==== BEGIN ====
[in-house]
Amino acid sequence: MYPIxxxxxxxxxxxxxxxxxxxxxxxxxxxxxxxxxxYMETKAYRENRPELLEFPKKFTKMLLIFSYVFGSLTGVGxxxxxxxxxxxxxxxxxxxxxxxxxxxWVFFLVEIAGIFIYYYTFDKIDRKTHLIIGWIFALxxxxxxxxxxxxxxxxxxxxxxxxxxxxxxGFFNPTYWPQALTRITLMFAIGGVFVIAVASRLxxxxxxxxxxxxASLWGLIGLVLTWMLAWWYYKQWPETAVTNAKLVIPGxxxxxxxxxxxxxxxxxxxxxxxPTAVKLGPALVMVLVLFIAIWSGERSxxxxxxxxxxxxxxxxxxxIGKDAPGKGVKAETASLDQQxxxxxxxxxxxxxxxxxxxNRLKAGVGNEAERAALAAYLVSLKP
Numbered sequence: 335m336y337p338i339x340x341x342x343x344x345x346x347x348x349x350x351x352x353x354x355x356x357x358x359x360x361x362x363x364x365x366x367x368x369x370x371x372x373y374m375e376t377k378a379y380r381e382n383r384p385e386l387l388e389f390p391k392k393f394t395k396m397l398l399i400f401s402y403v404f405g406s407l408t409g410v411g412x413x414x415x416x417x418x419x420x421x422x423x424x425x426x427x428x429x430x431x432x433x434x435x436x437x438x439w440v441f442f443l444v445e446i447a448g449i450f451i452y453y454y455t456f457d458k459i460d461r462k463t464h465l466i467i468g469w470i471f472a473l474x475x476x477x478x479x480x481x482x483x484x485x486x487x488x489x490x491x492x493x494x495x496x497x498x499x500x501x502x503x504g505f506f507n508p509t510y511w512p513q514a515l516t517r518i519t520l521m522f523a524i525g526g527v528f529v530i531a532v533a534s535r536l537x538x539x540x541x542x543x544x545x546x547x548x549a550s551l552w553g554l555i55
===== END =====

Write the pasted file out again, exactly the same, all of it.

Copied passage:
[in-house]
Amino acid sequence: MYPIxxxxxxxxxxxxxxxxxxxxxxxxxxxxxxxxxxYMETKAYRENRPELLEFPKKFTKMLLIFSYVFGSLTGVGxxxxxxxxxxxxxxxxxxxxxxxxxxxWVFFLVEIAGIFIYYYTFDKIDRKTHLIIGWIFALxxxxxxxxxxxxxxxxxxxxxxxxxxxxxxGFFNPTYWPQALTRITLMFAIGGVFVIAVASRLxxxxxxxxxxxxASLWGLIGLVLTWMLAWWYYKQWPETAVTNAKLVIPGxxxxxxxxxxxxxxxxxxxxxxxPTAVKLGPALVMVLVLFIAIWSGERSxxxxxxxxxxxxxxxxxxxIGKDAPGKGVKAETASLDQQxxxxxxxxxxxxxxxxxxxNRLKAGVGNEAERAALAAYLVSLKP
Numbered sequence: 335m336y337p338i339x340x341x342x343x344x345x346x347x348x349x350x351x352x353x354x355x356x357x358x359x360x361x362x363x364x365x366x367x368x369x370x371x372x373y374m375e376t377k378a379y380r381e382n383r384p385e386l387l388e389f390p391k392k393f394t395k396m397l398l399i400f401s402y403v404f405g406s407l408t409g410v411g412x413x414x415x416x417x418x419x420x421x422x423x424x425x426x427x428x429x430x431x432x433x434x435x436x437x438x439w440v441f442f443l444v445e446i447a448g449i450f451i452y453y454y455t456f457d458k459i460d461r462k463t464h465l466i467i468g469w470i471f472a473l474x475x476x477x478x479x480x481x482x483x484x485x486x487x488x489x490x491x492x493x494x495x496x497x498x499x500x501x502x503x504g505f506f507n508p509t510y511w512p513q514a515l516t517r518i519t520l521m522f523a524i525g526g527v528f529v530i531a532v533a534s535r536l537x538x539x540x541x542x543x544x545x546x547x548x549a550s551l552w553g554l555i55